• Confessions of a Community College Dean

    In which a veteran of cultural studies seminars in the 1990s moves into academic administration and finds himself a married suburban father of two. Foucault, plus lawn care.

Title

Ask the Administrator: This One Is Complicated…

The quest for an academic turnaround.

 

January 9, 2019
 
 

Wise and worldly readers, especially in California, I need your help with this one.

A frustrated prospective returning student writes:

I apologize in advance for the lengthy email. I have a particularly unique situation and for many years I pondered how to surpass this. I’d like to start with a bit of my background in hopes that you may be able to help me. I've always been a A or B student so everything that transpired to me seemed like a harsh blow. In 2011 -2012 I went directly to [a Cal State campus] after high school I was just barely passing classes had a couple of failed courses as well but I passed some classes. I was placed on academic probation. I was living in the dorms with my roommate and through her I met this guy that would turn my life around in the worst way possible. This guy convinced me to take fault for a theft to my roommate that I didn’t commit that he in fact had committed but when initially questioned by my roommate I had no knowledge of.  Knowing that it had been his second offense and that I was in academic probation I took fault. The dean of affairs decided to expel me from [Cal State] to never continue my education in this school. Since I was under academic probation and I had failed my last semester due to the stress of being questioned by the police for something my roommate was involved in(drug related) I didn’t care at the time; thinking that I would be able to surpass this and start all over later. I was placed under a year suspension from setting foot on that campus and from being able to apply to any CAL State, University or Private University. This guy that my roommate had introduced me was my boyfriend at the time. Being incredibly stupid, young and naive I took the fault willingly at the time.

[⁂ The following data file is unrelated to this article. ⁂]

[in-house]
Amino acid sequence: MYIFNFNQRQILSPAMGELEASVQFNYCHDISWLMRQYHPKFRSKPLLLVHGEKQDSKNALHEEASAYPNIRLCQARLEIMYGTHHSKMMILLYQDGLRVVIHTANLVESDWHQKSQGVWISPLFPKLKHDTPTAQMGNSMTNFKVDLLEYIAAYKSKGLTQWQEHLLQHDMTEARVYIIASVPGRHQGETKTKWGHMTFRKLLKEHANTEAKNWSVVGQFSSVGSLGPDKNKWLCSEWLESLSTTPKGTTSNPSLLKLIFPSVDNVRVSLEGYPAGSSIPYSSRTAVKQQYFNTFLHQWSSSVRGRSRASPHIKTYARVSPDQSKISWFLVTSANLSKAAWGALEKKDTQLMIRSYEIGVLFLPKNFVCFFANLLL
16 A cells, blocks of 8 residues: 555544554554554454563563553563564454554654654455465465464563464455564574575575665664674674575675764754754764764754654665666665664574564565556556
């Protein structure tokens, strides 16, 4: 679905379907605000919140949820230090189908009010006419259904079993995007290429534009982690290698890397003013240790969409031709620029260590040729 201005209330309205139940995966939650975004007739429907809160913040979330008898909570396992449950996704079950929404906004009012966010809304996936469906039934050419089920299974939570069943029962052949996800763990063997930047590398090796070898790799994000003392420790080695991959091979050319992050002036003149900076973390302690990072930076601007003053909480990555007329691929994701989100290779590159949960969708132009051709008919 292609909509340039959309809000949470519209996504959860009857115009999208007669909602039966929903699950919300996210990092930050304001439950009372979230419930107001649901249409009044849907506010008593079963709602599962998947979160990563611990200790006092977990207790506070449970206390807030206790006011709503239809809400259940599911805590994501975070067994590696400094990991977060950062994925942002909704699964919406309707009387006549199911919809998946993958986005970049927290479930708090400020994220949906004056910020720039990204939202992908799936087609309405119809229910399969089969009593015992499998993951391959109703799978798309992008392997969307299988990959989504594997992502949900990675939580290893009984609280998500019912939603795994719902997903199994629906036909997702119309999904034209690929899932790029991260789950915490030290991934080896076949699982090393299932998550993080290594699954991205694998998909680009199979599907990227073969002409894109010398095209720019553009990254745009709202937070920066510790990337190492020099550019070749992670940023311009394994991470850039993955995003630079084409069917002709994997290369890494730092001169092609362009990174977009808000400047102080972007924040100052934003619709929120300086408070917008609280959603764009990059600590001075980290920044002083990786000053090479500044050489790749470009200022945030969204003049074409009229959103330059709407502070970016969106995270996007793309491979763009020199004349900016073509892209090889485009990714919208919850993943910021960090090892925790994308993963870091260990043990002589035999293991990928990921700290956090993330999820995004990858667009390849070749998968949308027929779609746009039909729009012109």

However one year passed after our breakup, it finally dawned on me the stupidity of my actions by accepting that sentence and not knowing also at the time that I could have fought her verdict. I decided to enroll in [my local] community college where I was receiving help that paid for just my classes. I no longer was receiving financial aid and was working to continue my education. I took maybe a year of classes on and off because I now had to work to be able to afford my books. Unable to qualify for financial aid due to the financial aid office requiring a sealed transcript from my previous school that I wasn’t able to afford from CSU at $800, unsealed copies are free of charge but not accepted by financial aid.  I wasn’t sure if I could transfer any credits so I just started all over now 2013. I was distracted with work and depressed at the fact that I would have to start again from nothing and slowly but surely failed some courses, while passing others. I retook and failed the same courses. Towards the end of that first year and a half I gave up, partly because the high school friends that I had were almost done with their bachelor’s degrees and I fell into a harder depression envious of what they had and thinking that if I hadn’t been in “love” and had made that dumb decision back in 2012 I’d be nearly graduating with them too.